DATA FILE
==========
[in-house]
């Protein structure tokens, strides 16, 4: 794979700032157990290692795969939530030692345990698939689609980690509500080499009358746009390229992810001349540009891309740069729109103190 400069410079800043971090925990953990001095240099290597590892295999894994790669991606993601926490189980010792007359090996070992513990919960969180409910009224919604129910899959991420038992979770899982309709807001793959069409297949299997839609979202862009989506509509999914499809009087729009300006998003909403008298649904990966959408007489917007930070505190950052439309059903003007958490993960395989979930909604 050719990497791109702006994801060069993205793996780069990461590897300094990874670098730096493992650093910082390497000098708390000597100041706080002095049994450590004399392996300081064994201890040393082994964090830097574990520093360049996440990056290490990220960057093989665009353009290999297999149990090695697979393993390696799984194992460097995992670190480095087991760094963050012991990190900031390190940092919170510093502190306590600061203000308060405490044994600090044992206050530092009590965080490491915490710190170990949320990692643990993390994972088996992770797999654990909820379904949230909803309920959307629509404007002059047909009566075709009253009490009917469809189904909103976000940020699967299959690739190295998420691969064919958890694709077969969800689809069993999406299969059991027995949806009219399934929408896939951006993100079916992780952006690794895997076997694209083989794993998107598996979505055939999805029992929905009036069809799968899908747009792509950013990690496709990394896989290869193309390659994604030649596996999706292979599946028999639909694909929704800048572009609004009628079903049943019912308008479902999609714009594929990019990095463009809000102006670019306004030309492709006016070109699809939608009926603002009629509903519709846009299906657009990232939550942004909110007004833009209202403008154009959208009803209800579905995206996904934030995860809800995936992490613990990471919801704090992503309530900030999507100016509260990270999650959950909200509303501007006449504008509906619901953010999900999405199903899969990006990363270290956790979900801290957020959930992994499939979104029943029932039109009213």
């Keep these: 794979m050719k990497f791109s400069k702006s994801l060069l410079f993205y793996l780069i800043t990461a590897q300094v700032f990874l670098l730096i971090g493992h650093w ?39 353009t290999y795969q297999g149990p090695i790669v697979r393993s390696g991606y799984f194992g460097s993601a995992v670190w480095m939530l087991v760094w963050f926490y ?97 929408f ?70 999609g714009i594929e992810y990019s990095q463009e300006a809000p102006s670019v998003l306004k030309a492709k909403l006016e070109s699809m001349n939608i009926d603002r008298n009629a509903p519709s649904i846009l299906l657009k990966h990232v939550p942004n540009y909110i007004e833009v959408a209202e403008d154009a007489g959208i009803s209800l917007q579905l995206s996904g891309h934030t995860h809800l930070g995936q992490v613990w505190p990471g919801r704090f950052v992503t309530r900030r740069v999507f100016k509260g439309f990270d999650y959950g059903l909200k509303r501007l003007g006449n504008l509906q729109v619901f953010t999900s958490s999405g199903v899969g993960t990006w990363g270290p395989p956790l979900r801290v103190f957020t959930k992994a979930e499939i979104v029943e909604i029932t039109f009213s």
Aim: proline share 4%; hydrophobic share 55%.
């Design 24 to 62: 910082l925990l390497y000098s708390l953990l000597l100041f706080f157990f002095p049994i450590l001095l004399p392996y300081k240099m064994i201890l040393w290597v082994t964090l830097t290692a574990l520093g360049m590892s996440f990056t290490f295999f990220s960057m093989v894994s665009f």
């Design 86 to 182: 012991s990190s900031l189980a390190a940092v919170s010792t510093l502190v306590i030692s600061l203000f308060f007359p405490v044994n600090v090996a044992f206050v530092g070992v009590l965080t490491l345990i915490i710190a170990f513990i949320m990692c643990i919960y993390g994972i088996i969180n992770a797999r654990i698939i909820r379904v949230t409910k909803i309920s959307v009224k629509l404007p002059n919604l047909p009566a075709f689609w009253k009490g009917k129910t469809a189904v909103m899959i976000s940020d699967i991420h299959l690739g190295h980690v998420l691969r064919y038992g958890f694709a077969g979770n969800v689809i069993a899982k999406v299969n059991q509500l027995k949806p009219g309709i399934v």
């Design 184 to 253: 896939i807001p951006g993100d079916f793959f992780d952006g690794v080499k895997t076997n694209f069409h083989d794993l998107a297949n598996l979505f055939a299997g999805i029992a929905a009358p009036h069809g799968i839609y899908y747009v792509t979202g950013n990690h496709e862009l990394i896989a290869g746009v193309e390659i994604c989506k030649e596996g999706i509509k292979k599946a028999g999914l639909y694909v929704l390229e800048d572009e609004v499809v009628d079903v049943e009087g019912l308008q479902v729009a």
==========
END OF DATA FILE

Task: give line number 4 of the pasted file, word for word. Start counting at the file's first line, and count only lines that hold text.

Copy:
Aim: proline share 4%; hydrophobic share 55%.